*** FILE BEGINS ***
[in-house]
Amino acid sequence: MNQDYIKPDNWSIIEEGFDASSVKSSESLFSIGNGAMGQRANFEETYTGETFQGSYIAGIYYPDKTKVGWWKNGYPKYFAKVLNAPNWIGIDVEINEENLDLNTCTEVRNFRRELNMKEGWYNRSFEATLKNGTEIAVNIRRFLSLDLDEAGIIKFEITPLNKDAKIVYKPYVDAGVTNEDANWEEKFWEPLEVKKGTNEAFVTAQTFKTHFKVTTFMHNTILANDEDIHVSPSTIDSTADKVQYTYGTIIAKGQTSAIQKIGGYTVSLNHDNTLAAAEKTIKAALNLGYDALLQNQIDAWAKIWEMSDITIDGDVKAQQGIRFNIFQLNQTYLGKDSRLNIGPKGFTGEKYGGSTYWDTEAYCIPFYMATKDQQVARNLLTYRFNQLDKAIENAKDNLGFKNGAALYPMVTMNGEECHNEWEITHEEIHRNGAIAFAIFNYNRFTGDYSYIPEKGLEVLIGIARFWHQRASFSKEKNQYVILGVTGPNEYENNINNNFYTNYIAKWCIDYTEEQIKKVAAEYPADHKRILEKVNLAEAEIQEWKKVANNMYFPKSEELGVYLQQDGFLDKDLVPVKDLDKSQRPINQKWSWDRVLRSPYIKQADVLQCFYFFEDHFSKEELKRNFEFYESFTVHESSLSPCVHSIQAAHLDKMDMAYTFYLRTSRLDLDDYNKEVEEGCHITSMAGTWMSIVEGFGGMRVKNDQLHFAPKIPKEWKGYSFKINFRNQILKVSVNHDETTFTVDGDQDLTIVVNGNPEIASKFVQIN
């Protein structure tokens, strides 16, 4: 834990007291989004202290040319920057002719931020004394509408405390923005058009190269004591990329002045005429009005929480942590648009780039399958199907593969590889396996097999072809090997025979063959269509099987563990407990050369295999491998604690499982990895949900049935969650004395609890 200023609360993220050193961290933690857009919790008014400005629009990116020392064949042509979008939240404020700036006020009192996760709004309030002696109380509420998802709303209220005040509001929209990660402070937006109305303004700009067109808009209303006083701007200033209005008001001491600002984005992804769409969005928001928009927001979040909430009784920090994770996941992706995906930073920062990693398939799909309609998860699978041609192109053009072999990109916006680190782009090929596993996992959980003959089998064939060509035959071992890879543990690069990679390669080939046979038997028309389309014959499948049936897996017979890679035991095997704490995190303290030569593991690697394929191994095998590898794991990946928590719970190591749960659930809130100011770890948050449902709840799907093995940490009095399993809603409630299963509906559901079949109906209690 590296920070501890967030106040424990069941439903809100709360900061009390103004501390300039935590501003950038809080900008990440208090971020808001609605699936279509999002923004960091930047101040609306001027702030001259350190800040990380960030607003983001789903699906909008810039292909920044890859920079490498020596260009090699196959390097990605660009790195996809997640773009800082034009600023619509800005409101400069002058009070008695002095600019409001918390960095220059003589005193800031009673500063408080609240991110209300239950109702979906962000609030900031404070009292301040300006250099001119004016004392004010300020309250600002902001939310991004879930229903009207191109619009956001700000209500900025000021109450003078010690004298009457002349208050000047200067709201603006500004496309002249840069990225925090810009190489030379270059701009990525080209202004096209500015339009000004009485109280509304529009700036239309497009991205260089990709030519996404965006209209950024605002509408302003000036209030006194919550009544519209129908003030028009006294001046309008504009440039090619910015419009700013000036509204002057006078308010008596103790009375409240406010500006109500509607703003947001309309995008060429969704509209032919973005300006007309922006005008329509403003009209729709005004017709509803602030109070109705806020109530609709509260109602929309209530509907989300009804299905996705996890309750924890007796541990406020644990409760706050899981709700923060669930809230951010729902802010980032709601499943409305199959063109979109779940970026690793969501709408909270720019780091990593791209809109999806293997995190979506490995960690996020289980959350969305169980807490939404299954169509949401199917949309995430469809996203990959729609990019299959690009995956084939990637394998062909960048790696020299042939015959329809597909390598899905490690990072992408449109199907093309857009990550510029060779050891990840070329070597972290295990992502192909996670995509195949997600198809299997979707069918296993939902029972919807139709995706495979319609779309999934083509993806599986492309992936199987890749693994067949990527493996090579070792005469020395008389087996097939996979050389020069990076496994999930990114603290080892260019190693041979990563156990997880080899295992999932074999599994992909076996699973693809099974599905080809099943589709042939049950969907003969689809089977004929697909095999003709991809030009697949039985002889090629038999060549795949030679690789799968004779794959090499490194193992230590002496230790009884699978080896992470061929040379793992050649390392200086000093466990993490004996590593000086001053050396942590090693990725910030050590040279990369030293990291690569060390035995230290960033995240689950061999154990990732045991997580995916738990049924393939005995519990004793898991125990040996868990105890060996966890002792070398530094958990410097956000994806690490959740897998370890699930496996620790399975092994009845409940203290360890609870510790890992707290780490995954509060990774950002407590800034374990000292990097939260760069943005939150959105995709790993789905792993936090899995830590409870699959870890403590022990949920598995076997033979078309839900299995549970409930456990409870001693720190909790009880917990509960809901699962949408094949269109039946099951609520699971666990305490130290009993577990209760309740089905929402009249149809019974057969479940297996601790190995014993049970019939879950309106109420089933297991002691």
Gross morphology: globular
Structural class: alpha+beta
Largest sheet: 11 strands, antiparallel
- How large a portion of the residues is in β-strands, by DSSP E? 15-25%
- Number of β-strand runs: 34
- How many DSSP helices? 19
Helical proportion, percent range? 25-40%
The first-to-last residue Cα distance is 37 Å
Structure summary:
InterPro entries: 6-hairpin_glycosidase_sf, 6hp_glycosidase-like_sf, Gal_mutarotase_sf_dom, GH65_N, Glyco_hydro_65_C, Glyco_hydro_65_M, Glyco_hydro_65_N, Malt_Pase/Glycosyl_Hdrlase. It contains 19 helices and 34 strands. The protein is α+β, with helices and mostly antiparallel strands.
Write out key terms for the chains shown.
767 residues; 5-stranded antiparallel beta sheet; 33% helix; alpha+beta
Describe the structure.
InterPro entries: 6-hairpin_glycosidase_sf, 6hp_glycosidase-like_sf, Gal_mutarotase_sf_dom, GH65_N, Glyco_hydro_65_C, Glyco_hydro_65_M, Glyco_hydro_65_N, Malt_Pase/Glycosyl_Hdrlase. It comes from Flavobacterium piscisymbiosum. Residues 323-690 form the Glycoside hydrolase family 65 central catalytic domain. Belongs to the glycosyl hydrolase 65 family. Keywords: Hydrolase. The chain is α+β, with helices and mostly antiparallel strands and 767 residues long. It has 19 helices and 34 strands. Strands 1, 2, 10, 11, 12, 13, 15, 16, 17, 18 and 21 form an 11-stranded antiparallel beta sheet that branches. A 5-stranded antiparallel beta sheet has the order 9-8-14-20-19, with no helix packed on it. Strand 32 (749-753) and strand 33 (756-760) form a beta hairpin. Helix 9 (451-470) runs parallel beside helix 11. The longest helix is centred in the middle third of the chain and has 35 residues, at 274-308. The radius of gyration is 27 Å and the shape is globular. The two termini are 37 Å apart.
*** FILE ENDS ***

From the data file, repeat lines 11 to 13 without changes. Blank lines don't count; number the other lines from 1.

The first-to-last residue Cα distance is 37 Å
Structure summary:
InterPro entries: 6-hairpin_glycosidase_sf, 6hp_glycosidase-like_sf, Gal_mutarotase_sf_dom, GH65_N, Glyco_hydro_65_C, Glyco_hydro_65_M, Glyco_hydro_65_N, Malt_Pase/Glycosyl_Hdrlase. It contains 19 helices and 34 strands. The protein is α+β, with helices and mostly antiparallel strands.